On the Knowledge Complexity of ...
 In 37th FOCS
, 1996
"... We show that if a language has an interactive proof of logarithmic statistical knowledgecomplexity, then it belongs to the class AM \ co AM. Thus, if the polynomial time hierarchy does not collapse, then NPcomplete languages do not have logarithmic knowledge complexity. Prior to this work, ther ..."
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Cited by 27 (7 self)
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We show that if a language has an interactive proof of logarithmic statistical knowledgecomplexity, then it belongs to the class AM \ co AM. Thus, if the polynomial time hierarchy does not collapse, then NPcomplete languages do not have logarithmic knowledge complexity. Prior to this work, there was no indication that would contradict NP languages being proven with even one bit of knowledge. Our result is a common generalization of two previous results: The rst asserts that statistical zero knowledge is contained in AM \ co AM [F89, AH91], while the second asserts that the languages recognizable in logarithmic statistical knowledge complexity are in BPP NP [GOP94]. Next, we consider the relation between the error probability and the knowledge complexity of an interactive proof. Note that reducing the error probability via repetition is not free: it may increase the knowledge complexity. We show that if the negligible error probability (n) is less than 2 3k(n) (where k(n) is the knowledge complexity) then the language proven is in the third level of the polynomial time hierarchy (specically, it is in AM NP . In the standard setting of negligible error probability, there exist PSPACEcomplete languages which have sublinear knowledge complexity. However, if we insist, for example, that the error probability is less than 2 n 2 , then PSPACEcomplete languages do not have subquadratic knowledge complexity, unless PSPACE= P 3 . In order to prove our main result, we develop an AM protocol for checking that a samplable distribution D has a given entropy h. For any fractions ; , the verier runs in time polynomial in 1= and log(1=) and fails with probability at most to detect an additive error in the entropy. We believe that this ...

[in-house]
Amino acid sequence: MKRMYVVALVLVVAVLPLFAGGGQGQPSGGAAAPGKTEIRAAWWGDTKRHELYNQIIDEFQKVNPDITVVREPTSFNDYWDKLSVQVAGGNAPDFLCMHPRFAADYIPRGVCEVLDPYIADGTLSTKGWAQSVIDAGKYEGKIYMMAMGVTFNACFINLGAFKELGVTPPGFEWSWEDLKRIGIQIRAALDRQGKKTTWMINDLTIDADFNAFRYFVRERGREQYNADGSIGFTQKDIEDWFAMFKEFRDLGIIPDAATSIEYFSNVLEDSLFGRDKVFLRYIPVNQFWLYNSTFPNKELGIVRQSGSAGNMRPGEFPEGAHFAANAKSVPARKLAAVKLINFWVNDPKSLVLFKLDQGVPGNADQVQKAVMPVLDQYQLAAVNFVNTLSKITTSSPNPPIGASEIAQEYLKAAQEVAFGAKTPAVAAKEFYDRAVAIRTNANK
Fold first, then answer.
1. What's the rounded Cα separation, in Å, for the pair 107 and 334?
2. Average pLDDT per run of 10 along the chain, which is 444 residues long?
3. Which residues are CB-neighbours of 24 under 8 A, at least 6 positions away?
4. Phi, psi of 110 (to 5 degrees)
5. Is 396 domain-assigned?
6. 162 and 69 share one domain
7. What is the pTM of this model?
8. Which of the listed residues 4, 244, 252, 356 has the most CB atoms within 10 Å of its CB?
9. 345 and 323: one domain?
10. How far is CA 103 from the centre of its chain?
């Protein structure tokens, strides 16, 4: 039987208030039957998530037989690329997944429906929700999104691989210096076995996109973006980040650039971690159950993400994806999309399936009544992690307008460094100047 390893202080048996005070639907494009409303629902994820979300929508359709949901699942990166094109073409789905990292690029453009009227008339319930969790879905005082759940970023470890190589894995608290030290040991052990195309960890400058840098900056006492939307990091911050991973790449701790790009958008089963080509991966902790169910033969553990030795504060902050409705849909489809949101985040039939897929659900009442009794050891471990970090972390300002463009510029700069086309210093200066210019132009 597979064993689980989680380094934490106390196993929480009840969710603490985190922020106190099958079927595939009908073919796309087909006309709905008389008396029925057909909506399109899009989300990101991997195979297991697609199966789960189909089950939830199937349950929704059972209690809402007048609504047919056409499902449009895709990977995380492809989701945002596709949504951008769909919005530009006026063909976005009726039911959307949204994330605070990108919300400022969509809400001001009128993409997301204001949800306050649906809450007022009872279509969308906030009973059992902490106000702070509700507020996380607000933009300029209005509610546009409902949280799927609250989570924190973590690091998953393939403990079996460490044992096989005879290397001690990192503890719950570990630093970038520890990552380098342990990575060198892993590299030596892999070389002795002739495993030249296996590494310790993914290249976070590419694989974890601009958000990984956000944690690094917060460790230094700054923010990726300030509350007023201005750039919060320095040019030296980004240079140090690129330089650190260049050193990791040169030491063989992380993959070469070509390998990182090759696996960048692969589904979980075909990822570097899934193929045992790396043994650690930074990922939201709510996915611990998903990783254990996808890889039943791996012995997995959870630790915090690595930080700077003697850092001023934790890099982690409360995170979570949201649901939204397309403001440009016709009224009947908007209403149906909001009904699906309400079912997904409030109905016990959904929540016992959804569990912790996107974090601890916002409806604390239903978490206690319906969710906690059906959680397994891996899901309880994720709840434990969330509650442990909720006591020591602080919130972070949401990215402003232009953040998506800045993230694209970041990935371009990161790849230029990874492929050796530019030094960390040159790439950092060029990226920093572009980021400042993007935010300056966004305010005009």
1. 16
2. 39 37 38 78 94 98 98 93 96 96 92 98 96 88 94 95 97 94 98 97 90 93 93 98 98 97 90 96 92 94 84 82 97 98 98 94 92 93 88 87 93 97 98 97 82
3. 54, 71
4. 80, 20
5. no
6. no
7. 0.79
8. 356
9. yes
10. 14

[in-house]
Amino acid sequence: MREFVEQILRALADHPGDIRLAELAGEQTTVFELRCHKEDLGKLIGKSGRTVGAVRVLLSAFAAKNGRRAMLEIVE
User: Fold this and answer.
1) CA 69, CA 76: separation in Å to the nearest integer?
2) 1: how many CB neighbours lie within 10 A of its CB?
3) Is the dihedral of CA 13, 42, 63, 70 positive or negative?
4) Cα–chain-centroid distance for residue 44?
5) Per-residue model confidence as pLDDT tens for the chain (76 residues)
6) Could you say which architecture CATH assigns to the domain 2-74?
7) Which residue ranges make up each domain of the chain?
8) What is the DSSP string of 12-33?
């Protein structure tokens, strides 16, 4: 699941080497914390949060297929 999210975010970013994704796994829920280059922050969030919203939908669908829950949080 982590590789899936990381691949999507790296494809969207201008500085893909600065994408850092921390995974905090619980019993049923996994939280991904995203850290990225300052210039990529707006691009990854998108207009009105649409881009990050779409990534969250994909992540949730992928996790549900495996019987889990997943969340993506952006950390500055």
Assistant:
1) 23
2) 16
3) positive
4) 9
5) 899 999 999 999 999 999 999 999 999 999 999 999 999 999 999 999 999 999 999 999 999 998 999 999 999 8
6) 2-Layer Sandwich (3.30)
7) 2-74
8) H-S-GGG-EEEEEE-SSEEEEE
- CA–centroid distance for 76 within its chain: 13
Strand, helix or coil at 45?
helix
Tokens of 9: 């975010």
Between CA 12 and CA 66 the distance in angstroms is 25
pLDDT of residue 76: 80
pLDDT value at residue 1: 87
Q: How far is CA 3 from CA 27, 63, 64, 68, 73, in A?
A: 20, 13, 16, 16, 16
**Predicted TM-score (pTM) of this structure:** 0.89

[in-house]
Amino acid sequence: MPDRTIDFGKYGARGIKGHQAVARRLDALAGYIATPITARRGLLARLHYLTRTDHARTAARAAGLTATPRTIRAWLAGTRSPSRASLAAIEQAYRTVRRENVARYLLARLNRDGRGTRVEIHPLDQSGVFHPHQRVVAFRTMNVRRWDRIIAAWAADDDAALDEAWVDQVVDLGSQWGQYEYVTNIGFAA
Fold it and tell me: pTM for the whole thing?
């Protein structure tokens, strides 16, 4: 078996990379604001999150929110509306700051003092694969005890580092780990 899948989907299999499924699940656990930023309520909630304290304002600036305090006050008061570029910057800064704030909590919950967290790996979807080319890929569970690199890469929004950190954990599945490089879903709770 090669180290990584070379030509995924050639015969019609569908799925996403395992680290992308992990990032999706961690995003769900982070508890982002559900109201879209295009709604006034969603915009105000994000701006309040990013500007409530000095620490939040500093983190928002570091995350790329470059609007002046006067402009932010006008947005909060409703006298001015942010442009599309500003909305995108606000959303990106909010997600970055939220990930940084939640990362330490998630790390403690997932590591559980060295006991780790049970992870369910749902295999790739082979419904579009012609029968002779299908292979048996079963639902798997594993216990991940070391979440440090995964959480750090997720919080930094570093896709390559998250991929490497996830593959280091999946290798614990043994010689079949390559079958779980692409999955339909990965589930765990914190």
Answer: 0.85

Universal Bound on the Performance of Lattice Codes
 IEEE TRANS. INFORM. THEORY
, 1999
"... We present a lower bound on the probability of symbol error for maximumlikelihood decoding of lattices and lattice codes on a Gaussian channel. The bound is tight for error probabilities and signaltonoise ratios of practical interest, as opposed to most existing bounds that become tight asymptoti ..."
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Cited by 26 (0 self)
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We present a lower bound on the probability of symbol error for maximumlikelihood decoding of lattices and lattice codes on a Gaussian channel. The bound is tight for error probabilities and signaltonoise ratios of practical interest, as opposed to most existing bounds that become tight asymptotically for high signaltonoise ratios. The bound is also universal; it provides a limit on the highest possible coding gain that may be achieved, at specific symbol error probabilities, using any lattice or lattice code in n dimensions. In particular, it is shown that the effective coding gains of the densest known lattices are much lower than their nominal coding gains. The asymptotic (as n !1) behavior of the new bound is shown to coincide with the Shannon limit for Gaussian channels.
Supporting Security Requirements In Multilevel RealTime Databases
 PROC. OF IEEE SYMP. ON SECURITY AND PRIVACY
, 1995
"... Database systems for realtime applications must satisfy timing constraints associated with transactions, in addition to maintaining data consistency. In addition to realtime requirements, security is usually required in many applications. Multilevel security requirements introduce a new dimension ..."
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Cited by 25 (3 self)
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Database systems for realtime applications must satisfy timing constraints associated with transactions, in addition to maintaining data consistency. In addition to realtime requirements, security is usually required in many applications. Multilevel security requirements introduce a new dimension to transaction processing in realtime database systems. In this paper, we argue that due to the conflicting goals of each requirement, tradeoffs need to be made between security and timeliness. We first define capacity, a measure of the degree to which security is being satisfied by a system. A secure twophase locking protocol is then described and a scheme is proposed to allow partial violations of security for improved timeliness. The capacity of the resultant covert channel is derived and a feedback control scheme is proposed that does not allow the capacity to exceed a specified upper bound.